"Close games like today, well-pitched games for both sides, I think there are the little things you need to do to win the game," Braves veteran pitcher Tim Hudson said. "They made one mistake defensively that cost them the game. We were pretty solid all day."
Hudson allowed one run over seven strong innings, and Evan Gattis introduced his powerful compact swing to Stephen Strasburg with a decisive two-run home run in the third inning. But the turning point in this game came courtesy of Nationals third baseman's Ryan Zimmerman's second costly throwing error in less than 24 hours.
Zimmerman's errant throw to first base on Justin Upton's two-out grounder extended the third inning long enough for Gattis to turn on Strasburg's high 96-mph fastball and send it over the visitors' bullpen in left-center field. The two-run shot added to the wonder surrounding the 26-year-old rookie catcher, who has four home runs through the first 30 at-bats of his Major League career.
"Really more than anything, I was just trying to put the ball in play," Gattis said. "I just felt like I didn't need to be that long [with my swing]. I was just trying to barrel the ball with a runner on second. We had a good runner on second with Justin. I was just trying to put the ball in play and score a run. "
While the Nationals have made a number of mistakes since taking a 4-0 lead into Friday's seventh inning, the Braves have proven they can do the little things to win games. Jason Heyward's desire to beat out a potential double-play grounder in Saturday's ninth inning provided an insurance run for closer Craig Kimbrel, who has thrown two perfect innings to close out both of the first two games of this series.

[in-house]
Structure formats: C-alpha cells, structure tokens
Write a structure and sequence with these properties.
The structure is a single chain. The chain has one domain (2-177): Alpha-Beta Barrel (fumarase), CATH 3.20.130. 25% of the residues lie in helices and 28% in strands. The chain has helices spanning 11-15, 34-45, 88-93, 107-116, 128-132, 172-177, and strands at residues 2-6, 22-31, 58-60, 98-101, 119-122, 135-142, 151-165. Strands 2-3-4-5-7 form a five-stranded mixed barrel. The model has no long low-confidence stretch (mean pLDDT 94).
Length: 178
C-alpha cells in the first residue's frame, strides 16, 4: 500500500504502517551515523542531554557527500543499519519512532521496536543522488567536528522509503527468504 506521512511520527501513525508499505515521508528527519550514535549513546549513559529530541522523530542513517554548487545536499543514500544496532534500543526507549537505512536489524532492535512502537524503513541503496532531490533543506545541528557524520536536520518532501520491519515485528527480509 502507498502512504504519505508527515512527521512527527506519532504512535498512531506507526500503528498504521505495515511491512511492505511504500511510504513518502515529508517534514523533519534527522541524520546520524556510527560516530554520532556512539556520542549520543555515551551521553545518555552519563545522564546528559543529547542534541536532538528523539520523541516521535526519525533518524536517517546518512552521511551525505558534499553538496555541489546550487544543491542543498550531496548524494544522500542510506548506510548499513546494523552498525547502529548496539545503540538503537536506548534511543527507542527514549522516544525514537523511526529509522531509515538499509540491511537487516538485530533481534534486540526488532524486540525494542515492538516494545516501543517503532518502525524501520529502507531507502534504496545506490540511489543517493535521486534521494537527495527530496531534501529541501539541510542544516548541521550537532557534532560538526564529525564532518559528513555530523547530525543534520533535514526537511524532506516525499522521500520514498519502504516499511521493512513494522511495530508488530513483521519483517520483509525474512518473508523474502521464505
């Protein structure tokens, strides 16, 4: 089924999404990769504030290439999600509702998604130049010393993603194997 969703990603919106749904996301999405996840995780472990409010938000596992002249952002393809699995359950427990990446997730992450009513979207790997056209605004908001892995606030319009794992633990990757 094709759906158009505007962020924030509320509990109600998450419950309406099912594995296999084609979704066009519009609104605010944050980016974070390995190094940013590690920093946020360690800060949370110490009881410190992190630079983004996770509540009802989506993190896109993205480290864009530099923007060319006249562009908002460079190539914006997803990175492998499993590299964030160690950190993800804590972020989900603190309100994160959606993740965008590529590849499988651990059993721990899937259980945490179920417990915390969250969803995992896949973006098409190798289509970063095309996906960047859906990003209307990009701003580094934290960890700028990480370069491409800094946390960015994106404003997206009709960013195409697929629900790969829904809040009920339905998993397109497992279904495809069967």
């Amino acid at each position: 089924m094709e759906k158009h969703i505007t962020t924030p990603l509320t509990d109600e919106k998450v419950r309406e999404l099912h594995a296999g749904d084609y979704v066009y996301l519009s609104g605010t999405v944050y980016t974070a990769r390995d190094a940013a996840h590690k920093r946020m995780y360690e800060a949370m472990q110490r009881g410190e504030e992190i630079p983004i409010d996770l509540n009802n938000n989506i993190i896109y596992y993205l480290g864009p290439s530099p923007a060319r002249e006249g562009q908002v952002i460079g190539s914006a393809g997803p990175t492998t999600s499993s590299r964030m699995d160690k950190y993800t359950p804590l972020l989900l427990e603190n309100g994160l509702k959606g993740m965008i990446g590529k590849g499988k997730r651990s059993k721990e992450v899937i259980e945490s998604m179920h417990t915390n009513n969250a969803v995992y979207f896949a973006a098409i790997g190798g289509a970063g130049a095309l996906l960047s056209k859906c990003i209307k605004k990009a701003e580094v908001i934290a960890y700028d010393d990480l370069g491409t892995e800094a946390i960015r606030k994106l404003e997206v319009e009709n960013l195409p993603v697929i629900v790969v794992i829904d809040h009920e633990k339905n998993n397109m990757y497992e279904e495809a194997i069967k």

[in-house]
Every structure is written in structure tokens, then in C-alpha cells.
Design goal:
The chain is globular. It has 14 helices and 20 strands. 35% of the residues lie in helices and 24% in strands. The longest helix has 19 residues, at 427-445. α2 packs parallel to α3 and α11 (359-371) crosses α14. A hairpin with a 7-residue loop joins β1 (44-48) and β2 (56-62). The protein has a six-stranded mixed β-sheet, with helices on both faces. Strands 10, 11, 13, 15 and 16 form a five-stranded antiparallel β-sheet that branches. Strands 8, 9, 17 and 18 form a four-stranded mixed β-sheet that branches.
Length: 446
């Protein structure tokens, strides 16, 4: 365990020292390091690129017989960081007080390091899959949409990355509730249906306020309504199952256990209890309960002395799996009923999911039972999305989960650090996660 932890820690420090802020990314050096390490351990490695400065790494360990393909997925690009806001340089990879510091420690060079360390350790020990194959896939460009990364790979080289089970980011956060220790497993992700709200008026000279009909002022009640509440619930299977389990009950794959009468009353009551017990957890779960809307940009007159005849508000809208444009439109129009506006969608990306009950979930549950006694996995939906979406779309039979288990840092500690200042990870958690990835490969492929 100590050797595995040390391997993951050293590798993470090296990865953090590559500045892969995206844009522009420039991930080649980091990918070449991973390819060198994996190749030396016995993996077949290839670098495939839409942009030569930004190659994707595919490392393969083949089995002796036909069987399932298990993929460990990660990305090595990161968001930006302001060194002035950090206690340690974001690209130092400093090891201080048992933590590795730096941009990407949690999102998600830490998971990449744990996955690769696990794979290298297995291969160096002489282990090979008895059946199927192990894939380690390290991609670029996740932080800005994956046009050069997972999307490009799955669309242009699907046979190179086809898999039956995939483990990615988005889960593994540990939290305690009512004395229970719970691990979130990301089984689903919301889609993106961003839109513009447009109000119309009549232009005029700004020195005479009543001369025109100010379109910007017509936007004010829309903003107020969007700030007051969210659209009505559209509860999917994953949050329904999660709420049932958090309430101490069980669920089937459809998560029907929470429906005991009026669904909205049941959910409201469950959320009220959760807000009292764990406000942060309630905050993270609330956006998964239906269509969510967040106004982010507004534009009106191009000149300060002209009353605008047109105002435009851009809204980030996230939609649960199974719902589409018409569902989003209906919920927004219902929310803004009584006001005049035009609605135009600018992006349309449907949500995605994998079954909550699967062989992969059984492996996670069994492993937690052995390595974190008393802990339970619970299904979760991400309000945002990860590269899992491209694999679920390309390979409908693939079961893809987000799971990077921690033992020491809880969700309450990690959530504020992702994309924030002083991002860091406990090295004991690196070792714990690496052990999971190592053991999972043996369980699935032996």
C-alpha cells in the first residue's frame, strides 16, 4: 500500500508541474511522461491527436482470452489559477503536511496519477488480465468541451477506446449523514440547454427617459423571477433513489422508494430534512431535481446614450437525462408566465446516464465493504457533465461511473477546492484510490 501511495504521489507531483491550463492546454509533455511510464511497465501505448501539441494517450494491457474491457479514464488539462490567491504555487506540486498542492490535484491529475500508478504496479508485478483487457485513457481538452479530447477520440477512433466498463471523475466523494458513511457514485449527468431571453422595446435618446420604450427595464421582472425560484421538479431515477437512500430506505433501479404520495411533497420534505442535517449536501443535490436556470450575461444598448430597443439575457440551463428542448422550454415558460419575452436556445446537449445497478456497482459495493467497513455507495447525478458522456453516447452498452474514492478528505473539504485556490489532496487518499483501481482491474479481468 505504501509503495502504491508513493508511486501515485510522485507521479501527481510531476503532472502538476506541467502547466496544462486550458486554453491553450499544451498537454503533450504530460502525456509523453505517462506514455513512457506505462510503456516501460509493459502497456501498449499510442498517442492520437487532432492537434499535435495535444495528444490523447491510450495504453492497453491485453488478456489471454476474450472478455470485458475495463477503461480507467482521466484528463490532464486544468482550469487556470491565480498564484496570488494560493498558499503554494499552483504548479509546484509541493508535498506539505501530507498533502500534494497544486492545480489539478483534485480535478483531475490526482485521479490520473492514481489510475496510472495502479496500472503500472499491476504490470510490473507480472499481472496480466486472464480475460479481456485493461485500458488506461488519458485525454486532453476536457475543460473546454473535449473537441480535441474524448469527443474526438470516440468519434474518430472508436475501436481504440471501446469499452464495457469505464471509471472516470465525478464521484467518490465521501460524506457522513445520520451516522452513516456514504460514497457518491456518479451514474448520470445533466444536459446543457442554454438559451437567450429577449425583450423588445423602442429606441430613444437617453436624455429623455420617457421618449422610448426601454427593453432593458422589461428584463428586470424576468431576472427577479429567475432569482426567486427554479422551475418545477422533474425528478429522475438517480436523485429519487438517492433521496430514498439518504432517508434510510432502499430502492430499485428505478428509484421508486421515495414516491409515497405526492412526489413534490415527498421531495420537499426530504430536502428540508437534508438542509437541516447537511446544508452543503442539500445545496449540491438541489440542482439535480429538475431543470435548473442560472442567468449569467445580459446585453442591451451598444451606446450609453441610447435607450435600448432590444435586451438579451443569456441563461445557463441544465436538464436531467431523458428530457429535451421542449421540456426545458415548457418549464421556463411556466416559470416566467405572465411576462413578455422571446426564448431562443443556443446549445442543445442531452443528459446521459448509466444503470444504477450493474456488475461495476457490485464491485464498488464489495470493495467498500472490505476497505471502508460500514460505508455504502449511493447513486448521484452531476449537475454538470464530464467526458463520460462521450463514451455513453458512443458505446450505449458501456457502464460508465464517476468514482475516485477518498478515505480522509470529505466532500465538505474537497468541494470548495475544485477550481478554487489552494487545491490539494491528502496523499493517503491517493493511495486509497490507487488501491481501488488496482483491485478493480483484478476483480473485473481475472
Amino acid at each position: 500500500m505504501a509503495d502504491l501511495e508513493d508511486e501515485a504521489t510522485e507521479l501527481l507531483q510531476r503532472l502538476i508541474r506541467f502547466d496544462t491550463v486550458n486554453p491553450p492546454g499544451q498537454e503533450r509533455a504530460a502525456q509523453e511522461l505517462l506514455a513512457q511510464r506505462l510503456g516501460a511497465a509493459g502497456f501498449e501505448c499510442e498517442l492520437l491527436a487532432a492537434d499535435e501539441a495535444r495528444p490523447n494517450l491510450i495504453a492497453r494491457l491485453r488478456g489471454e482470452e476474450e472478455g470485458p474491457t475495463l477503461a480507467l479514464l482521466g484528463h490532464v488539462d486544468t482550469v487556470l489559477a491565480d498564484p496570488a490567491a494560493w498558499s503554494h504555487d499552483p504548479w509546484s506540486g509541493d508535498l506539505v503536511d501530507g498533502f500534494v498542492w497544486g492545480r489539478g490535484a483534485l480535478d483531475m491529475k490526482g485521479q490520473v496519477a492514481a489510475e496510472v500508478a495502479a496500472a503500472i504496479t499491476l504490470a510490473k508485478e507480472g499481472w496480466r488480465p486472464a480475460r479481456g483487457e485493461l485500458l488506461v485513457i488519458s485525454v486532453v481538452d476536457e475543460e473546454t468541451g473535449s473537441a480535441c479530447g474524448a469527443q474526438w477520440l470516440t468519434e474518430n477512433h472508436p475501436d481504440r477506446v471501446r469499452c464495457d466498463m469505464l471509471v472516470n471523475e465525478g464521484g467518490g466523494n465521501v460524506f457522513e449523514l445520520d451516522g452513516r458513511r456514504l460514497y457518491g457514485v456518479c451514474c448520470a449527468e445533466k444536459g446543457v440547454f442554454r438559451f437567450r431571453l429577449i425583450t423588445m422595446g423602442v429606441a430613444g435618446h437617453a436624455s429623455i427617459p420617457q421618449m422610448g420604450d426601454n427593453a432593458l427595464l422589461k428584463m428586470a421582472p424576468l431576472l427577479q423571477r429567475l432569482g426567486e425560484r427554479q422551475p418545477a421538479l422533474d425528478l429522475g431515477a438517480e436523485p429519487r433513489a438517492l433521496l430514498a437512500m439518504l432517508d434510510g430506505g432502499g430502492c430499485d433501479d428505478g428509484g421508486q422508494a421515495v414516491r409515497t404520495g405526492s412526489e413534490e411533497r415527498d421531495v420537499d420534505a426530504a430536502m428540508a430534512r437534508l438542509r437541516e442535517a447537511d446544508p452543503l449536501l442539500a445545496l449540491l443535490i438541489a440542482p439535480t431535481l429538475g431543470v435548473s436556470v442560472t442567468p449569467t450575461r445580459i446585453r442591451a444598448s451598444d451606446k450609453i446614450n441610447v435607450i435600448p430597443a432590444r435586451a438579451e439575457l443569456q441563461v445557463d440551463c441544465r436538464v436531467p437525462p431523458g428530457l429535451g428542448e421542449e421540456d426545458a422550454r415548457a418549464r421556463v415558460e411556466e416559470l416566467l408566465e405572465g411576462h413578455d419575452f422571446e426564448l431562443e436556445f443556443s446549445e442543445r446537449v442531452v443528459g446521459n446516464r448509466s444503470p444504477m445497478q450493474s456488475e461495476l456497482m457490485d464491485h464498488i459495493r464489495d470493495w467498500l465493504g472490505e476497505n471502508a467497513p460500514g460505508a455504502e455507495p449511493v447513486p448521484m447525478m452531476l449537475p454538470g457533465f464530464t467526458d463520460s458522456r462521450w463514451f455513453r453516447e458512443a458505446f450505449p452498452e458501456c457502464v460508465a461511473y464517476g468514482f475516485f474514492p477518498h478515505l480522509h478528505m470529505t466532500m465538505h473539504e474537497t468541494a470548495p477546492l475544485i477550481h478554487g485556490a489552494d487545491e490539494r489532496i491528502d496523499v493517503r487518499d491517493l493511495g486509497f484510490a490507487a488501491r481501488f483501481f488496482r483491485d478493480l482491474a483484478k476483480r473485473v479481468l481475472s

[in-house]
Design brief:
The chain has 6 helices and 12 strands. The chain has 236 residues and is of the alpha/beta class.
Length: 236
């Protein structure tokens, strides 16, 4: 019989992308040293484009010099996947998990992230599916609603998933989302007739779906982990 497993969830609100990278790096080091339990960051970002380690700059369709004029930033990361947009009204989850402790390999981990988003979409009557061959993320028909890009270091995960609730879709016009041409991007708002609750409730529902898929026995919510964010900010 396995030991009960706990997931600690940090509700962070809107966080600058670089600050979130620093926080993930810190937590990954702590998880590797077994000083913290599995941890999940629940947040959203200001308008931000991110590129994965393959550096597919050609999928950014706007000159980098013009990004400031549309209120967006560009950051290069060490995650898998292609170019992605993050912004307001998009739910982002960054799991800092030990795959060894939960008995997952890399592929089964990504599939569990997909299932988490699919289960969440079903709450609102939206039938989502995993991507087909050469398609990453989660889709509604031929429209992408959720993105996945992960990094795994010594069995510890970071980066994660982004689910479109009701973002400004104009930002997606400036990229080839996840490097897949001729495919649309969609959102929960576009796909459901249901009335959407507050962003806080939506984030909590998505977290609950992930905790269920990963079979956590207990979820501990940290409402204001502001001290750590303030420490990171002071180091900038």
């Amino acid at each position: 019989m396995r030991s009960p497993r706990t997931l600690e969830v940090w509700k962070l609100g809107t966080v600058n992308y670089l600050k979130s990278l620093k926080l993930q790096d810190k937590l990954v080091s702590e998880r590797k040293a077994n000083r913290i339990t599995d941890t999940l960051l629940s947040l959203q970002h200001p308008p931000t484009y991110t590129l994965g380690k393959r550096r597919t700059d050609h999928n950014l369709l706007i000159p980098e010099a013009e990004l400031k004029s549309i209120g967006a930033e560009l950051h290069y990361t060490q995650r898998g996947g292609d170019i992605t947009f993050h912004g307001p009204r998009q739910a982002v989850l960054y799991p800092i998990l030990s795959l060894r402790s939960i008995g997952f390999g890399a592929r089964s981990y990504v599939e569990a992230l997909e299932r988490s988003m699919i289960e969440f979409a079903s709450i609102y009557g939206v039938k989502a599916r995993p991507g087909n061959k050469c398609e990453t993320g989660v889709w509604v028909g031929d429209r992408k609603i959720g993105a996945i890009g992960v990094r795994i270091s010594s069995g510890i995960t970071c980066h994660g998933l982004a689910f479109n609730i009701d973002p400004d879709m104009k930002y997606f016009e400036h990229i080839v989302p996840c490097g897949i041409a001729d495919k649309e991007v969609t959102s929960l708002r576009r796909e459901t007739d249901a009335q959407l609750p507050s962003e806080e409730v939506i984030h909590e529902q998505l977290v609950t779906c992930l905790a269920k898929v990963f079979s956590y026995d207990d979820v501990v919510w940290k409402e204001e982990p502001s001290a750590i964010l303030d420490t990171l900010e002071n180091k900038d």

Though Heyward is hitting just .086 (3-for-35), he has found ways to help the Braves begin the season with wins in 10 of their first 11 games. He drew two walks that extended late-inning rallies in Friday night's win, and ended Hudson's seven-inning effort by making a diving grab of Adam LaRoche's long fly ball to deep right field.
"The batting average is not good," manager Fredi Gonzalez said. "But Jason beat you today defensively. He beat you on the basepaths and he beat you just plain out-hustling. That's a great sign of a winner."
Gattis' home run accounted for the only damage incurred by Strasburg, who surrendered the two unearned runs and five hits over six innings. The Nationals right-hander has gone 3-4 with a 3.59 ERA in eight career starts against the Braves. He has gone 19-8 with a 2.81 ERA in his 40 other career starts.
"He's a kid," Hudson said of the 24-year-old Strasburg. "He's going to make mistakes just like he did today. I knew it definitely wasn't going to be an easy walk in the park. This is the big leagues . You have big league hitters on both sides of the field. You make pitches, you get outs. We made a few more pitches today than they did."
Other than the Gattis home run, Strasburg limited the Braves to four singles, including two recorded by Hudson. The veteran pitcher's third-inning single provided him hits in three consecutive at-bats dating back to his previous start. He now has 10 career multi-hit games.
"I'm not supposed to hit," Hudson said with a smile. "So it's always exciting to throw a couple of knocks out there, especially a guy throwing that hard. I turned it around. What can I say?"
Hudson scattered four hits and retired the final seven batters he faced. He benefited from the double plays that were recorded after he surrendered leadoff singles in both of the first two innings. The most costly for the Nationals occurred courtesy of Denard Span's first-inning baserunning blunder.
Span took off for third base after Jayson Werth hit a line drive that B.J. Upton easily caught in center field before throwing to second base to complete the double play.
"If you don't get Huddy early, he settles in pretty well," Zimmerman said. "He's done that his whole career. It was a good game, and unfortunately we made more mistakes than they did, and they ended up winning."